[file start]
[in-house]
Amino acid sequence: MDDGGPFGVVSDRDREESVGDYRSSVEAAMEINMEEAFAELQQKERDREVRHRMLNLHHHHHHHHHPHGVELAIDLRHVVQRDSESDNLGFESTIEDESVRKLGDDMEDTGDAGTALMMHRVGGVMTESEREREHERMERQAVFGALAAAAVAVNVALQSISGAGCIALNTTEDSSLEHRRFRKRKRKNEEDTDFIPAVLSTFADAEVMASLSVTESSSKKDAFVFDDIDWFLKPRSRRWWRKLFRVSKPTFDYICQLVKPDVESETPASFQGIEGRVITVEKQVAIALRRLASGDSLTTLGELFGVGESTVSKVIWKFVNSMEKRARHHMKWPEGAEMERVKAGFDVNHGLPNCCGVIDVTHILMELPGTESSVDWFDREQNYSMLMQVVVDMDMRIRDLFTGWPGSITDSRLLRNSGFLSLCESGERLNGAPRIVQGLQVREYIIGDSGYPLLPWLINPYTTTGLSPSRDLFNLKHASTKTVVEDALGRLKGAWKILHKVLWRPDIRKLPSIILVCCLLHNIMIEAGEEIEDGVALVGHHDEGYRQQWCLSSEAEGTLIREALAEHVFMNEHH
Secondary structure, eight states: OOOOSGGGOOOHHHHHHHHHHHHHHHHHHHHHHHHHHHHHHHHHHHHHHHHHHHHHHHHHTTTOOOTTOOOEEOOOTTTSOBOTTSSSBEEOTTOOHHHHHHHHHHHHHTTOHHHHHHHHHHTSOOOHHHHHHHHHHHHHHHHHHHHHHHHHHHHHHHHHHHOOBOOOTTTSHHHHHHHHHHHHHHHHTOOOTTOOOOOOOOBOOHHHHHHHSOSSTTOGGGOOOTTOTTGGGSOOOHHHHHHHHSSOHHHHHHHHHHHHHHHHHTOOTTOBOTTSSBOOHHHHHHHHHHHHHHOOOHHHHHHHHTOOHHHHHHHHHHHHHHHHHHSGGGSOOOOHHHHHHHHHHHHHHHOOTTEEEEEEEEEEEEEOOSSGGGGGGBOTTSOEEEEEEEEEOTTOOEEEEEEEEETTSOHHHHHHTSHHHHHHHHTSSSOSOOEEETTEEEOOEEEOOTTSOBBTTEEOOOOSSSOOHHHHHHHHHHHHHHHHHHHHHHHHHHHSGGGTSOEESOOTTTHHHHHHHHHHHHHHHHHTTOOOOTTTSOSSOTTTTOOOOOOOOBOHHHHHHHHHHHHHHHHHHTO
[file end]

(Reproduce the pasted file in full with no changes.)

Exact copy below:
[in-house]
Amino acid sequence: MDDGGPFGVVSDRDREESVGDYRSSVEAAMEINMEEAFAELQQKERDREVRHRMLNLHHHHHHHHHPHGVELAIDLRHVVQRDSESDNLGFESTIEDESVRKLGDDMEDTGDAGTALMMHRVGGVMTESEREREHERMERQAVFGALAAAAVAVNVALQSISGAGCIALNTTEDSSLEHRRFRKRKRKNEEDTDFIPAVLSTFADAEVMASLSVTESSSKKDAFVFDDIDWFLKPRSRRWWRKLFRVSKPTFDYICQLVKPDVESETPASFQGIEGRVITVEKQVAIALRRLASGDSLTTLGELFGVGESTVSKVIWKFVNSMEKRARHHMKWPEGAEMERVKAGFDVNHGLPNCCGVIDVTHILMELPGTESSVDWFDREQNYSMLMQVVVDMDMRIRDLFTGWPGSITDSRLLRNSGFLSLCESGERLNGAPRIVQGLQVREYIIGDSGYPLLPWLINPYTTTGLSPSRDLFNLKHASTKTVVEDALGRLKGAWKILHKVLWRPDIRKLPSIILVCCLLHNIMIEAGEEIEDGVALVGHHDEGYRQQWCLSSEAEGTLIREALAEHVFMNEHH
Secondary structure, eight states: OOOOSGGGOOOHHHHHHHHHHHHHHHHHHHHHHHHHHHHHHHHHHHHHHHHHHHHHHHHHTTTOOOTTOOOEEOOOTTTSOBOTTSSSBEEOTTOOHHHHHHHHHHHHHTTOHHHHHHHHHHTSOOOHHHHHHHHHHHHHHHHHHHHHHHHHHHHHHHHHHHOOBOOOTTTSHHHHHHHHHHHHHHHHTOOOTTOOOOOOOOBOOHHHHHHHSOSSTTOGGGOOOTTOTTGGGSOOOHHHHHHHHSSOHHHHHHHHHHHHHHHHHTOOTTOBOTTSSBOOHHHHHHHHHHHHHHOOOHHHHHHHHTOOHHHHHHHHHHHHHHHHHHSGGGSOOOOHHHHHHHHHHHHHHHOOTTEEEEEEEEEEEEEOOSSGGGGGGBOTTSOEEEEEEEEEOTTOOEEEEEEEEETTSOHHHHHHTSHHHHHHHHTSSSOSOOEEETTEEEOOEEEOOTTSOBBTTEEOOOOSSSOOHHHHHHHHHHHHHHHHHHHHHHHHHHHSGGGTSOEESOOTTTHHHHHHHHHHHHHHHHHTTOOOOTTTSOSSOTTTTOOOOOOOOBOHHHHHHHHHHHHHHHHHHTO